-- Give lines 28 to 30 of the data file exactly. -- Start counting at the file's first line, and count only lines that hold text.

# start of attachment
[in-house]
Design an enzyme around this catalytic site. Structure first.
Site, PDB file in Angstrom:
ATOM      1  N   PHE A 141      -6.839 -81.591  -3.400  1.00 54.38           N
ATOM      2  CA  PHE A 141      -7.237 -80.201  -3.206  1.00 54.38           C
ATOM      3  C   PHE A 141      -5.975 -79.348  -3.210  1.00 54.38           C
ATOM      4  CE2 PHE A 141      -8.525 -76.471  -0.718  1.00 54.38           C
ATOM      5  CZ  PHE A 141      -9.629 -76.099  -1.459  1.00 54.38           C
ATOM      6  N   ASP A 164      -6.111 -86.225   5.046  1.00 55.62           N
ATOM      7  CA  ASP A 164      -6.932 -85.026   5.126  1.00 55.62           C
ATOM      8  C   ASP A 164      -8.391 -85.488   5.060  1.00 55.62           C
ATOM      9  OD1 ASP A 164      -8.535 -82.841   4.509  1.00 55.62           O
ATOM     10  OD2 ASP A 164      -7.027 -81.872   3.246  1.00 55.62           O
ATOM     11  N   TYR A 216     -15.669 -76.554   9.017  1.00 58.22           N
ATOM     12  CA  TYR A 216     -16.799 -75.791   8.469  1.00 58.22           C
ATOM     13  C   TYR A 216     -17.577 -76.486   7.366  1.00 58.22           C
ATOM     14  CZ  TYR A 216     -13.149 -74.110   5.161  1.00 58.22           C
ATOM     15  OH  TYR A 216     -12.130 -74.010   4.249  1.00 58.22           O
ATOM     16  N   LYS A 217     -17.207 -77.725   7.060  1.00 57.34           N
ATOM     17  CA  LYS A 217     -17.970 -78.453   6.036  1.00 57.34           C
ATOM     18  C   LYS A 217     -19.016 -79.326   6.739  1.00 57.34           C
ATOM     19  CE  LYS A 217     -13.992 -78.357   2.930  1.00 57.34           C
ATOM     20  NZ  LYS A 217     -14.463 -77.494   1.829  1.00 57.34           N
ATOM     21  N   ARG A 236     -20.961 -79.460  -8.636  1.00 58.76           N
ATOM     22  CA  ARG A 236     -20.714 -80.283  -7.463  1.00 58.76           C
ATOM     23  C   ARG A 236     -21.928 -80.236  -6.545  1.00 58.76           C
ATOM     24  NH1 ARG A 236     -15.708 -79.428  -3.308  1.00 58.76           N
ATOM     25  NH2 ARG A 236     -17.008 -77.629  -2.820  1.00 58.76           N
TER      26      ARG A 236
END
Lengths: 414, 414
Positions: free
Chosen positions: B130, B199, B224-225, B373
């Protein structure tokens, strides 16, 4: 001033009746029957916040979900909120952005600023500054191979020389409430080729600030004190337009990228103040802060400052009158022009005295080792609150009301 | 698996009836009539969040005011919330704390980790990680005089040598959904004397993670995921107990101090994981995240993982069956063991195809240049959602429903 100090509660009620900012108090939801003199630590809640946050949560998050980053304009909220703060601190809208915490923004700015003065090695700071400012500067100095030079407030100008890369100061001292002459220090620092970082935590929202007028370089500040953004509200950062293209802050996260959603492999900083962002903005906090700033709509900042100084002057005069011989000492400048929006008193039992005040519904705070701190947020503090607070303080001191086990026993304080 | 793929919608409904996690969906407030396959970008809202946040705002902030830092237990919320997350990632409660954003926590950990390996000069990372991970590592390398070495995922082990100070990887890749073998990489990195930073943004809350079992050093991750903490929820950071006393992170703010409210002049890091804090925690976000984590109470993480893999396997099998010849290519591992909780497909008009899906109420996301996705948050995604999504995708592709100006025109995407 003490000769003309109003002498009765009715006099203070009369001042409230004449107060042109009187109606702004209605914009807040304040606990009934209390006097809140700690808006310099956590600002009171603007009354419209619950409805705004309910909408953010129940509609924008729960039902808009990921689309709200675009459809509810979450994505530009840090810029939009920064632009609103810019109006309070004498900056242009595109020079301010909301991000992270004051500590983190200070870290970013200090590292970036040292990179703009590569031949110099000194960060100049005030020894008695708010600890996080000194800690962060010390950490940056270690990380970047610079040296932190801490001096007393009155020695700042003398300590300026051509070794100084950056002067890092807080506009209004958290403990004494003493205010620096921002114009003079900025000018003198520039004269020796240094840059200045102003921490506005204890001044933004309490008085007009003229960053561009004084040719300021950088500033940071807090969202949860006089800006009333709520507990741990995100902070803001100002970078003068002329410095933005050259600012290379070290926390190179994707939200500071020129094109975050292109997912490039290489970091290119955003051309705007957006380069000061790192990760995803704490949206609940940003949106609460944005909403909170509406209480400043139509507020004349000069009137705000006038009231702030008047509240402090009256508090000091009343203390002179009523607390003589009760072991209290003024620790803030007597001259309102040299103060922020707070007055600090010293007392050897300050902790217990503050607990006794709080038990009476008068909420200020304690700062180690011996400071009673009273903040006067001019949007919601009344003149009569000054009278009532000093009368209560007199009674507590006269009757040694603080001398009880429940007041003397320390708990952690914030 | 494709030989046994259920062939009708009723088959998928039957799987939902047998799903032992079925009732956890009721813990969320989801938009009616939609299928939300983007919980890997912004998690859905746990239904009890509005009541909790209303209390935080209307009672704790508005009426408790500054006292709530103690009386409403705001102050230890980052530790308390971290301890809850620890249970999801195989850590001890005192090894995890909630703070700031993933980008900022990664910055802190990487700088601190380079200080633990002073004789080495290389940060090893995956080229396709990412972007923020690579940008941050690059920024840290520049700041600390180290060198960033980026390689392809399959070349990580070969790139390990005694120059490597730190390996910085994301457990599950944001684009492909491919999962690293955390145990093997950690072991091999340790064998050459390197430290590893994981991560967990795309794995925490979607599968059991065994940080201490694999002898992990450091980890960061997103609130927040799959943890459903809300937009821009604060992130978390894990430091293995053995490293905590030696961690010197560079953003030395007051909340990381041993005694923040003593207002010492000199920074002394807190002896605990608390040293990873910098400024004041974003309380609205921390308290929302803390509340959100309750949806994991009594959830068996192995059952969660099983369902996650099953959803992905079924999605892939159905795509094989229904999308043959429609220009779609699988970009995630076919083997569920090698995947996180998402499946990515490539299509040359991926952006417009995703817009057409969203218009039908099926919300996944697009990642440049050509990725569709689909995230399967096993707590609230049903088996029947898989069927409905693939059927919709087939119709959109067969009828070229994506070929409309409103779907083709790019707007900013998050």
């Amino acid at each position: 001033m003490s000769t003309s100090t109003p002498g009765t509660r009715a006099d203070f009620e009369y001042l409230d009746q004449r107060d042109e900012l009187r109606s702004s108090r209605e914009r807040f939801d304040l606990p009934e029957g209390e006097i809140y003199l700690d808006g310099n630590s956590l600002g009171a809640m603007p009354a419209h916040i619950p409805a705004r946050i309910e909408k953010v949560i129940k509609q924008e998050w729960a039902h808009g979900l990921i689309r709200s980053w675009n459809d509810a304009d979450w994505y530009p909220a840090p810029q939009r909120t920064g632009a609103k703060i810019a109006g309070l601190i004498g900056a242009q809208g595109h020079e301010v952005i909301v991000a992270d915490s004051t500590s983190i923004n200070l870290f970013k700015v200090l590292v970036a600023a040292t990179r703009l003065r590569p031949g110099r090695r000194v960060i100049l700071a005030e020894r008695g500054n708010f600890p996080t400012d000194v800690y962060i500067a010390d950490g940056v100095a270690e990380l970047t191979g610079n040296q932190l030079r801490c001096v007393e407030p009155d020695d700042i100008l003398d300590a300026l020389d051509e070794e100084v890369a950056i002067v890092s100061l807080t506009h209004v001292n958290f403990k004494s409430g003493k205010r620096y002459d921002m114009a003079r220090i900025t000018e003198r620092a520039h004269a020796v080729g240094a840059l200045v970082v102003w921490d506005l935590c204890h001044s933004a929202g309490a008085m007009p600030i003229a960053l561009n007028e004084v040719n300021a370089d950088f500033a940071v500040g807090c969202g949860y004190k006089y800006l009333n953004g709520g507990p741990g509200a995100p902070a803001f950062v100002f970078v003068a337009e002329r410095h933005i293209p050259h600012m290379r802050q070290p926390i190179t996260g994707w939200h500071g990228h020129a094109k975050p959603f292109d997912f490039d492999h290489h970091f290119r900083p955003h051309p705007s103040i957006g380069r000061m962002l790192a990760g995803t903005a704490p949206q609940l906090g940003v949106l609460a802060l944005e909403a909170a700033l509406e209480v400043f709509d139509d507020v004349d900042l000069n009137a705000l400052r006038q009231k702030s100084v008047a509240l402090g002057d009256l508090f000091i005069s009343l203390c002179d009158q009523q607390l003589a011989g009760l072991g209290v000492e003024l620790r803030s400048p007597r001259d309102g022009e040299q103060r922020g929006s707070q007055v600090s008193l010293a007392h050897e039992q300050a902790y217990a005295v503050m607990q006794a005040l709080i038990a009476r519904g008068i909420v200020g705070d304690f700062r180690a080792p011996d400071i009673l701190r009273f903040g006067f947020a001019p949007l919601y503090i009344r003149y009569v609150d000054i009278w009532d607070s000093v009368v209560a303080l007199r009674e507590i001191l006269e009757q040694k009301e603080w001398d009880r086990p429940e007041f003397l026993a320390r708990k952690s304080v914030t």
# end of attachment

ATOM     25  NH2 ARG A 236     -17.008 -77.629  -2.820  1.00 58.76           N
TER      26      ARG A 236
END